Not doing that would be a whole other mistake, and talking about your commercial license will be a whole other blog.
To register with the FAA, click here.
Mistake #5 Not unlocking it with DJI
When I first started playing with it, I was able to fly it around my apartment complex. Then, after one update or another, suddenly I was in a no-fly zone.
Seriously, DJI? I had to take a $150 test about all this crap and you’re STILL going to restrict me in your software? Why did I even bother with the test???
Turns out my apartment is in a “warning” zone and that requires “unlocking” to be able to fly.
Unlock this on your mobile device when you click the button for liftoff… as long as you have wi-fi or connection.
If you’re in the field, with an iPad? Try to avoid that. O.o
If you’re being proactive like I should have done, go here and input the relevant information. This way you will be able to click an “I accept the risks of this flight” and can fly in warning zones.
Otherwise you will be locked out of so many places it’s ridiculous.
There are airports freaking EVERYWHERE.
Check out Washtenaw:
Mistake #6 Not getting ND Filters
If you’re not a camera-techie person, this isn’t intuitive.
Well, since this is such a frank blog about the things I’ve missed, I’ll say that even as a camera person I still missed the importance of this for a good period of time.
You don’t have to understand the exposure triangle, but you do need to understand that there are some basic camera settings that make your video look “good” and “standard”.
When these settings aren’t right, the video will look too blurry or too grainy or choppy.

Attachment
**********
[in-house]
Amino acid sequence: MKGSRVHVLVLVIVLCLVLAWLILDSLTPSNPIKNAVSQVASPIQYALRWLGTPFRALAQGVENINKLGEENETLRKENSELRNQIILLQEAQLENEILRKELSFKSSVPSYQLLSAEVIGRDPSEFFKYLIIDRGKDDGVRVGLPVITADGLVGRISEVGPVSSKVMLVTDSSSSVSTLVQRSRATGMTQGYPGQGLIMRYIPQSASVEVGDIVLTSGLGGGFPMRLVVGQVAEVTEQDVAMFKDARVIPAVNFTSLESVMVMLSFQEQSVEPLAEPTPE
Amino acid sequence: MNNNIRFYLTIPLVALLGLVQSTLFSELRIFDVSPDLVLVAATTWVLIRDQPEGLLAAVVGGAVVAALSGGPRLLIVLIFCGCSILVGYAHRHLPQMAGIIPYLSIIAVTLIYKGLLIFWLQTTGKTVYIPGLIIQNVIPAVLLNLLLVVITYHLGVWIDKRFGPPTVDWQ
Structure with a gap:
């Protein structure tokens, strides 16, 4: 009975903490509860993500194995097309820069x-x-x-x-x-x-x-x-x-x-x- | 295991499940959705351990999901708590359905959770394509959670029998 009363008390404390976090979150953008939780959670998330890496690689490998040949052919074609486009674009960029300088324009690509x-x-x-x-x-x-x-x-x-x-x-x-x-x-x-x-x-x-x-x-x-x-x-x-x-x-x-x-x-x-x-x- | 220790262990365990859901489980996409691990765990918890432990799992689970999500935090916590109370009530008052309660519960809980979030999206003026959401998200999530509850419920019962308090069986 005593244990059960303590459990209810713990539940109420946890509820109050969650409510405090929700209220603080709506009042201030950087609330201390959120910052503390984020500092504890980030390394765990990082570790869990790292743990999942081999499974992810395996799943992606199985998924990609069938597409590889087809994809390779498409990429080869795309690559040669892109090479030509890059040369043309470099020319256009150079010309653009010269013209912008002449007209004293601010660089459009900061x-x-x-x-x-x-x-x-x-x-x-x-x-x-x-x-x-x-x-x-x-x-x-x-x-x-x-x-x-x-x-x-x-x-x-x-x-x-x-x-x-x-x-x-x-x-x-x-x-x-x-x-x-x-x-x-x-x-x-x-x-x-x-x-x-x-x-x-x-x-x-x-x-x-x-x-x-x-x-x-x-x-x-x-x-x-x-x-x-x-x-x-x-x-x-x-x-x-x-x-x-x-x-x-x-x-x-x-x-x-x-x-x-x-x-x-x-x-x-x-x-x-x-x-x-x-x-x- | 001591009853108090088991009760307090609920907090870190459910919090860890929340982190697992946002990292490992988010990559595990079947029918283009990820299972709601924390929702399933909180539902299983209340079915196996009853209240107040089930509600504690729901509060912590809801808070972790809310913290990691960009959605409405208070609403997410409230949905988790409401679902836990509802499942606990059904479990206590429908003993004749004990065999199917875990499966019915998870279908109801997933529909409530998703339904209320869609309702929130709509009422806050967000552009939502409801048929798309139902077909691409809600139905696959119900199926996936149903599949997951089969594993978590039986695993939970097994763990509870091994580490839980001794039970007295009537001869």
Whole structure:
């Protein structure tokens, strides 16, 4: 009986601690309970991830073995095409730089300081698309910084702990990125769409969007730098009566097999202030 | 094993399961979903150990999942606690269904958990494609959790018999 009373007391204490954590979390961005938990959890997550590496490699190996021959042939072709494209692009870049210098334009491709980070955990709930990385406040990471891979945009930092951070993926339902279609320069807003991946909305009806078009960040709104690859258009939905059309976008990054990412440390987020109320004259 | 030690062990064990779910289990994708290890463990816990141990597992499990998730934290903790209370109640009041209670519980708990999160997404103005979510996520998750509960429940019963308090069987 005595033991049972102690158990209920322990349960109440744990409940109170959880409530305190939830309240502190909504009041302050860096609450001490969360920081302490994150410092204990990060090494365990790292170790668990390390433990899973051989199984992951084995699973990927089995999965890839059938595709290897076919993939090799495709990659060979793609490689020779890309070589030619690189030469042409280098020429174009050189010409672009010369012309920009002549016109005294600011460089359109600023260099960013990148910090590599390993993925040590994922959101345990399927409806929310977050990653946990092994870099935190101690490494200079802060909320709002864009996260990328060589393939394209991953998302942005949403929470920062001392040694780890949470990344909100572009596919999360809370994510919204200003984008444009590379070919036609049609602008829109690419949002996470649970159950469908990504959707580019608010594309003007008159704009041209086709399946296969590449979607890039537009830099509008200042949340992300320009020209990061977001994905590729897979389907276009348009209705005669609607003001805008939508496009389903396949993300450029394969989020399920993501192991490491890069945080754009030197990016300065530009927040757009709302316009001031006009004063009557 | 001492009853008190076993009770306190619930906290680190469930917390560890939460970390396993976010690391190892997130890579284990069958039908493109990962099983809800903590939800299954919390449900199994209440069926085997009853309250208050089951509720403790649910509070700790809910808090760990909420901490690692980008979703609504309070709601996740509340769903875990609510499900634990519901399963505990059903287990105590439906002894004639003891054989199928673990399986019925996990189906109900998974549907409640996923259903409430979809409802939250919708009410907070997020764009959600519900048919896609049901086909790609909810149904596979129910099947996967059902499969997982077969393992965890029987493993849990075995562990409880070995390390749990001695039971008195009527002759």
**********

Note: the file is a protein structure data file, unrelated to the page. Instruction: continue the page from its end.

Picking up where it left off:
(I trolled some videos on ND filters – until I make my own vid, and I like the comparison this guy gives!)
When the sun is really bright, in order to get the settings you’d like for the best image, you need to cut down on some of the light. That’s where the filters come in. I own these ones, and they are good enough.
If installed correctly they do not mess up the gimbal, and having 4 of them gives me the flexibility to choose based on how much light I have to work with.
They will be something you will want to experiment with as you get going, but if you use them on the outset, your moving images will be much better.
If you only plan on taking photos with your drone, this isn’t that big of an issue because you can max out your shutter speed (one of your settings) in a way that you can’t when taking video.
Mistake #7 Not playing with the settings – or at least copying someone better than you at first
Yay! Writing this blog has made me better.
You don’t know what you don’t know.
I don’t know what I don’t know.
And I didn’t know that I could adjust what this guy is talking about in his video.
There are settings to change how fast the camera moves and the more rolling the movement, the more cinematic it is.
Having the out-of-the-box settings lends itself to jerky movements when panning (going from side to side) and some of the other ways you can shoot.
This guy gives a good run-down of some of the things you can adjust in your settings as well.
Now, Fly You Fools!
Of course this blog wasn’t comprehensive. Keep reading and watching and learning. There is so much to know.
The most important thing you can do now, is to just get that baby in the air and figure it out from there.
Good luck and God Speed!